The “Travel and Hospitality” industry employs more Millennials than any other and the top Millennial job title is “Server” (2.9%). However, the fifth-most popular title is “Owner.” Their average job tenure is about 2 years.
The results should come with some caveats because they are based on Facebook users only and because only 36% of those include a job title in their profile. Nonetheless, it provides an interesting look at Millennial’s early employment.
Following extensive market research, Chevrolet has designed two new models just for Millennials. As we’ve noted before, Millennials have proven to be less enthusiastic about automobiles than previous generations. They put off getting drivers licenses and say they prefer other forms of transportation. To make a car that Millennials could love, GM surveyed about 9,000 of them and then factored their input into two new designs, which were unveiled last week.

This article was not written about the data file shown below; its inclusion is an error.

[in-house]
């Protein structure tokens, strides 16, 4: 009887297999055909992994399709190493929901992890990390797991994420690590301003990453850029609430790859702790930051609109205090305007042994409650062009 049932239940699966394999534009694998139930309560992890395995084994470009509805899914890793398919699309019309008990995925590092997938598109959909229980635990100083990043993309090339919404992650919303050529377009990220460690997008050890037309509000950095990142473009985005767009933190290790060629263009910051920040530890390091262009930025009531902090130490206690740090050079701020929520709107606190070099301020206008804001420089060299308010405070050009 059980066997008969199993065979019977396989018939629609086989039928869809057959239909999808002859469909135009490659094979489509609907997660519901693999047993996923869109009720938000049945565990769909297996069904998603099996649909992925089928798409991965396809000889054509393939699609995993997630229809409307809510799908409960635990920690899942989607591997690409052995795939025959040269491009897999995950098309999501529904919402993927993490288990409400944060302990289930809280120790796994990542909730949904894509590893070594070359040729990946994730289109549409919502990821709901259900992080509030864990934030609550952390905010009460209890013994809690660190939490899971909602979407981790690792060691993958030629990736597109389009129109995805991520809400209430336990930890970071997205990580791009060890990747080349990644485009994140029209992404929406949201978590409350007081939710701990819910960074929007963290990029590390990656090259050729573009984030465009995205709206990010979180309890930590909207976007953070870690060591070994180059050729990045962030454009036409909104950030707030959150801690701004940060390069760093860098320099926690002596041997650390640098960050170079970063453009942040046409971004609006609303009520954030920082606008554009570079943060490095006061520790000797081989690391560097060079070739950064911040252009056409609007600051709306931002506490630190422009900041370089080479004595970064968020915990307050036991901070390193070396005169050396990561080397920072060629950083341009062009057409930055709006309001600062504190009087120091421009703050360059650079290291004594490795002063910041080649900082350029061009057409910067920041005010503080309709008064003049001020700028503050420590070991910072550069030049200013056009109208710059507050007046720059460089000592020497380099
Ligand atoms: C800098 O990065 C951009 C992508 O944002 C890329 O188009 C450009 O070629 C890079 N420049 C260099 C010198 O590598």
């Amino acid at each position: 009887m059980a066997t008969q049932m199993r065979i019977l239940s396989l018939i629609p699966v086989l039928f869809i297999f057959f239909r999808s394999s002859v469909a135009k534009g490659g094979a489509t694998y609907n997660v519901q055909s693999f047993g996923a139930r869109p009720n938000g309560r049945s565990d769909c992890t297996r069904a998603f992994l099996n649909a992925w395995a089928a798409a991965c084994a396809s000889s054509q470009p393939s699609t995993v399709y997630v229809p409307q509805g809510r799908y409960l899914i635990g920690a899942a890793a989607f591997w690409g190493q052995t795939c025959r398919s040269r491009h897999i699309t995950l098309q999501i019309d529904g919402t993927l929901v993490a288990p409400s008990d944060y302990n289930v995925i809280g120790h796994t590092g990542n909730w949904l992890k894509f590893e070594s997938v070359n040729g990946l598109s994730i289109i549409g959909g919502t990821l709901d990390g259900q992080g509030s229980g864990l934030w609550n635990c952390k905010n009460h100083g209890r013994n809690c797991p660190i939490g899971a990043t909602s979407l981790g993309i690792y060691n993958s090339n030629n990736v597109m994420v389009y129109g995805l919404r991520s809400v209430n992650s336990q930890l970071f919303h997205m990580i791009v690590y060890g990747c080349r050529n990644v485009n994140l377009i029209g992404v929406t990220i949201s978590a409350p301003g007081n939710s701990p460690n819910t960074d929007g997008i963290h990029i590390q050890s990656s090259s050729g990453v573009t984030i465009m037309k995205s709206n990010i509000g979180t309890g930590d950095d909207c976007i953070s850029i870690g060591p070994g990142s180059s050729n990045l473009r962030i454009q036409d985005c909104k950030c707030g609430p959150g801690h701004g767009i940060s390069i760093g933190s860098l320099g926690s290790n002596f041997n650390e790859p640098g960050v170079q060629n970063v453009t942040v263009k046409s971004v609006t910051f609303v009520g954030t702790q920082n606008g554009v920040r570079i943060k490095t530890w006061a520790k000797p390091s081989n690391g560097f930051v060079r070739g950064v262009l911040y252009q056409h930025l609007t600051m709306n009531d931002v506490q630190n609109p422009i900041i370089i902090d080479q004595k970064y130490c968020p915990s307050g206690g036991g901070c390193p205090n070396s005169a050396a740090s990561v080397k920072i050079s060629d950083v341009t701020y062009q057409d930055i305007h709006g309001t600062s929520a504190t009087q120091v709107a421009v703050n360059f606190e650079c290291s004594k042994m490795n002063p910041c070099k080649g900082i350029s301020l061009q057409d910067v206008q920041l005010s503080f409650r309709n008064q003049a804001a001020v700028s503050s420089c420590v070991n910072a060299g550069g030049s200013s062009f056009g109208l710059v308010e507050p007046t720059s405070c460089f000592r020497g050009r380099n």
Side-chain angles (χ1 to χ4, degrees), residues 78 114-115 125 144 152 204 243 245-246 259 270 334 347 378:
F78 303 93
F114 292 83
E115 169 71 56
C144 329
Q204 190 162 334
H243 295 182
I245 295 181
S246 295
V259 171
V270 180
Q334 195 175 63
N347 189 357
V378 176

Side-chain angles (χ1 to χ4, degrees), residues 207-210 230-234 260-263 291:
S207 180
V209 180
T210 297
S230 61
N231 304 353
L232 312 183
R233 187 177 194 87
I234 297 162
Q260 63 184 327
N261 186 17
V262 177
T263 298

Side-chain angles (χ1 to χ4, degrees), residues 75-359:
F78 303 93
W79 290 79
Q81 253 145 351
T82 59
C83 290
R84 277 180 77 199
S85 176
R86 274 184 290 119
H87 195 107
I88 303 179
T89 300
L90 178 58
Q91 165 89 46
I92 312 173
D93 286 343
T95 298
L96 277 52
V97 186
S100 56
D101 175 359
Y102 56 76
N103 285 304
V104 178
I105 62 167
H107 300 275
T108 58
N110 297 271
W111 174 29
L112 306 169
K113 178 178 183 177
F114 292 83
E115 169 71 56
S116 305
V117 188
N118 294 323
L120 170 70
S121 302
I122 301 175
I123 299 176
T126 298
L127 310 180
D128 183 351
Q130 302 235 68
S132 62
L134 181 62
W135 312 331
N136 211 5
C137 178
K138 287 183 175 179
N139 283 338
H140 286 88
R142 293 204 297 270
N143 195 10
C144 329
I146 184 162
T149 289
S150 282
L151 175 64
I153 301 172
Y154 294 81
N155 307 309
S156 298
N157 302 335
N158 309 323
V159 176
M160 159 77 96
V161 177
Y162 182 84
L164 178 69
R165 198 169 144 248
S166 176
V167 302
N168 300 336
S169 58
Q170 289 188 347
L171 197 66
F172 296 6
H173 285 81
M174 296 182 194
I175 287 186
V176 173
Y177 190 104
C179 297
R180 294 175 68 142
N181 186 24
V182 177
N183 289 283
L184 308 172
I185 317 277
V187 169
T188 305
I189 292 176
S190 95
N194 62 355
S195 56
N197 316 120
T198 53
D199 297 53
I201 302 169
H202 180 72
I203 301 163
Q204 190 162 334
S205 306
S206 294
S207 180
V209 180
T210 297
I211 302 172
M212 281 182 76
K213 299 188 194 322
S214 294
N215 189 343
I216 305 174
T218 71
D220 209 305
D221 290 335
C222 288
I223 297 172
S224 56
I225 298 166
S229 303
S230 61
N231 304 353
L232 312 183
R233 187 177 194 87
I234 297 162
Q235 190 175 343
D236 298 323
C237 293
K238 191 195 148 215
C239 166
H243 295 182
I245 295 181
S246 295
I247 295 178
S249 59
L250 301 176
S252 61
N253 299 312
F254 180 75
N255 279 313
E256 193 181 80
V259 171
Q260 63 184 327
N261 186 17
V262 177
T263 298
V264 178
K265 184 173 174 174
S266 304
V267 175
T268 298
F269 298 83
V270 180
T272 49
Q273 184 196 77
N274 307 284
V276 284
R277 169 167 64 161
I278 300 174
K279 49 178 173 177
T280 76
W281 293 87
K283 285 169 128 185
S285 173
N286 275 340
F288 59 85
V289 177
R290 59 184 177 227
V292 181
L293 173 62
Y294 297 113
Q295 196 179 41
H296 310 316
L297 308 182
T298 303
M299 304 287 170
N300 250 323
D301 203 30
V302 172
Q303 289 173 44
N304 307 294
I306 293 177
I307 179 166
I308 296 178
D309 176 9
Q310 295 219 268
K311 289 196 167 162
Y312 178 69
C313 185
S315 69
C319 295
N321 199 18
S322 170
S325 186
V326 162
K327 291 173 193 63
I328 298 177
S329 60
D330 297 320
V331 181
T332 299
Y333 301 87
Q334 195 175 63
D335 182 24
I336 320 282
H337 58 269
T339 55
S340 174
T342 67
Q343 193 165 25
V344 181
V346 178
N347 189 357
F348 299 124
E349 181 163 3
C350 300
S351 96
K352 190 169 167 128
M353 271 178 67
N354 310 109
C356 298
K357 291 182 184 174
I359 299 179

GM enlisted MTV’s Scratch division to identify features that would appeal to the next generation of buyers. Among other preferences, they found that they love social media and connectivity. So, both models include in-car Wi-Fi, Millennials’ favorite feature of any space they might occupy.
The survey also showed that Millennials move around in packs (sound familiar?) so GM expanded the rear seating to accommodate more of their peers.
Also no surprise, the data showed that Millennials like to feel unique. In response, the interior décor is customizable, with a selection of graphic door panels to choose from.
Chevy plans an extensive social media campaign to get Millennials attention as well as feedback to improve the products. “This is a long-term strategy,” said one GM exec, to establish a relationship with the next, and largest, generation of potential car buyers.
Whether to retrain for a new career or to make the most of retirement, Baby Boomers are headed back to school, specifically local and community colleges, in large numbers.
According to the American Association of Community Colleges, nearly 400,000 Boomers are enrolled in their member institutions nationwide. Those figures are up 6% from 2007 and 12% from 2005.